Get Back Into Action
Northwestern Medicine physician offers tips for managing back pain
Eight out of every 10 Americans will be affected by back pain this year. Disturbing a person’s sleep, social life, and quality of work, back pain can easily turn the most enjoyable occasions into nightmares. Back pain impacts people of all ages ranging from senior citizens to children and young adults. Even the fittest athletes can feel the aches and pains of a strained muscle or herniated discs. Northwestern Medicine® spine surgeon Wellington Hsu, MD, offers his tips for avoiding back pain and easy lifestyle modifications that can alleviate existing pain.
“Back discomfort results from mechanical issues, traumatic injuries, infections, or diseases,” said Hsu, who is an orthopaedic surgeon at Northwestern Memorial Hospital and an assistant professor of orthopaedic surgery and neurological surgery at Northwestern University Feinberg School of Medicine. “While there are many different causes of back pain, people should recognize that the pain is a symptom, not a disease. Learning simple ways to protect your spine and back can lead to better overall health.”
Hsu offers the following tips to live a back pain free life:
Too perfect of a posture - In the case of good posture, it is sometimes possible to have too much of a good thing. Stressing the spine too straight for extended periods of time can strain back muscles and create problems. The key to having good posture keeping all body parts aligned and relaxed. When sitting in a chair, both feet should remain planted on the ground with knees at a 90 degree angle. Correct and comfortable posture can decrease lower back pain, improve breathing and even inspire confidence.
Dream of a better back - Many people believe bed rest can cure any ailment. While sleep does restore the body, over resting can sometimes cause back discomfort. Extended time lying on extremely firm or soft mattresses can force the spine into awkward positions, worsening back aches. “After an injury or when experiencing isolated back pain, rest for up to 48 hours then contact a physician,” said Hsu. “Weeks spent resting, unless recommended by a doctor, will only weaken your back.”
Cut the commute – Approximately 1.5 million Chicagoans use public transportation every day. Many commuters switch their footwear during the commute to walk in something more comfortable than heels or dress shoes. This protects the back only if the footwear is supportive. “Walking far distances to the train or bus stop in flip flops, or other shoes without much support, does not help rid the pain. In fact, it may worsen an aching back,” said Hsu. “Choose shoes that support your feet and most importantly are in good condition.”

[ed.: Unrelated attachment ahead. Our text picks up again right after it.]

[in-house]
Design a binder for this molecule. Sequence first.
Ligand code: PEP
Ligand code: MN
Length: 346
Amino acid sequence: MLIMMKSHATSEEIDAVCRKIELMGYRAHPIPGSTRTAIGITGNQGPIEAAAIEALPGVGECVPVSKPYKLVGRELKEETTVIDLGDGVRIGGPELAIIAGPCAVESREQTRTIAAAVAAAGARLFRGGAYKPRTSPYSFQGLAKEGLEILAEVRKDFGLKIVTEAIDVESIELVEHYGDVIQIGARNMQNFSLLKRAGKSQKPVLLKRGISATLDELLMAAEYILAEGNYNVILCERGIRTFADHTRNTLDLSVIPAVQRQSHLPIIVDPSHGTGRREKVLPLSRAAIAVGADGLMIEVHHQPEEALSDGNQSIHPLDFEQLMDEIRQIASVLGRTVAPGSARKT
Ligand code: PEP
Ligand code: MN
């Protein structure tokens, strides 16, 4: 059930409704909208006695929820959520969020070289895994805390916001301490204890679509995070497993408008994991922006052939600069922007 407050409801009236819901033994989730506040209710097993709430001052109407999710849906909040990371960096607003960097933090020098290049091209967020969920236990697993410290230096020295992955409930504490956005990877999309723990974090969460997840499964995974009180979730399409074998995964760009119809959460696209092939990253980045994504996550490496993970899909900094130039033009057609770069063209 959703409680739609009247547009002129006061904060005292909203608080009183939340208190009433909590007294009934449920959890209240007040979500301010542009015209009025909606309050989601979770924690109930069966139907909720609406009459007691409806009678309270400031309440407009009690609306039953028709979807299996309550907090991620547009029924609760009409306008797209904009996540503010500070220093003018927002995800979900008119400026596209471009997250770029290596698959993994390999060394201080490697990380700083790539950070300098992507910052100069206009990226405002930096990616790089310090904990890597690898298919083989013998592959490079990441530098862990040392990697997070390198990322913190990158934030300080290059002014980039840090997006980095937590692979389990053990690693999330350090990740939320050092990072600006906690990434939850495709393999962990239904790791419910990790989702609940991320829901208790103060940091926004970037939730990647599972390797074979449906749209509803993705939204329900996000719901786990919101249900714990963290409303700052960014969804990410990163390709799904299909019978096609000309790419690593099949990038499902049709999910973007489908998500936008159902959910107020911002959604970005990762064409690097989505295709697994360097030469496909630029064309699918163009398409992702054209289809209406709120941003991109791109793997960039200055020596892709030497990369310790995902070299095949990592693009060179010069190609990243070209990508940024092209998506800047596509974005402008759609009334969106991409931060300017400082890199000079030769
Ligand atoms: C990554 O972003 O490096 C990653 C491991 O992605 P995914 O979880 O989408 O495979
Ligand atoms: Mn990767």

Avoid extra baggage – Carrying a bag that exceeds 10 percent of a person’s body weight strains the spine and causes it to curve. If carrying a change of clothes, shoes, and lap top is a necessity, chose a bag with a backpack fit that distributes weight evenly. If the bag only has one strap, choose a bag with wide straps that crosses over the body.
Food and fitness- Obesity contributes to heart disease, diabetes, and even back pain. The pressure of excess weight on the body strains the lower back creating daily throbbing pain. Eating a diet rich in fiber, vitamins, and low in sugar and fat provides energy to exercise and maintain a healthy weight. Exercising regularly can also strengthen core and back muscles which protects against injury and allows for more activity without an achy back.
Pay attention to your body - Pain is the body’s way of alerting something is wrong, which means chronic back pain should never be ignored. “If you find yourself unable to participate in activities because of pain, or pain that wakes you up at night, this indicates a deeper issue than just a stiff back,” said Hsu. “Chronic pain could be the result of a spinal problem, like a bulging disc or scoliosis, or even something genetic. If you suffer from long lasting and frequent back discomfort, make an appointment to see your physician.”
Treatment options for back pain range from physical therapy to massage and acupuncture to injections and surgeries. “Seeking medical attention early will help your physician figure out the best treatment option to fit your lifestyle and medical needs,” said Hsu.
Northwestern Medicine is the shared vision that joins Northwestern Memorial HealthCare and Northwestern University Feinberg School of Medicine in a collaborative effort to transform medicine through quality healthcare, academic excellence and scientific discovery.
To learn more about treatment options for spine conditions, listen to a podcast featuring Hsu. For more information about Northwestern Memorial or to find a physician, call 312-926-0779.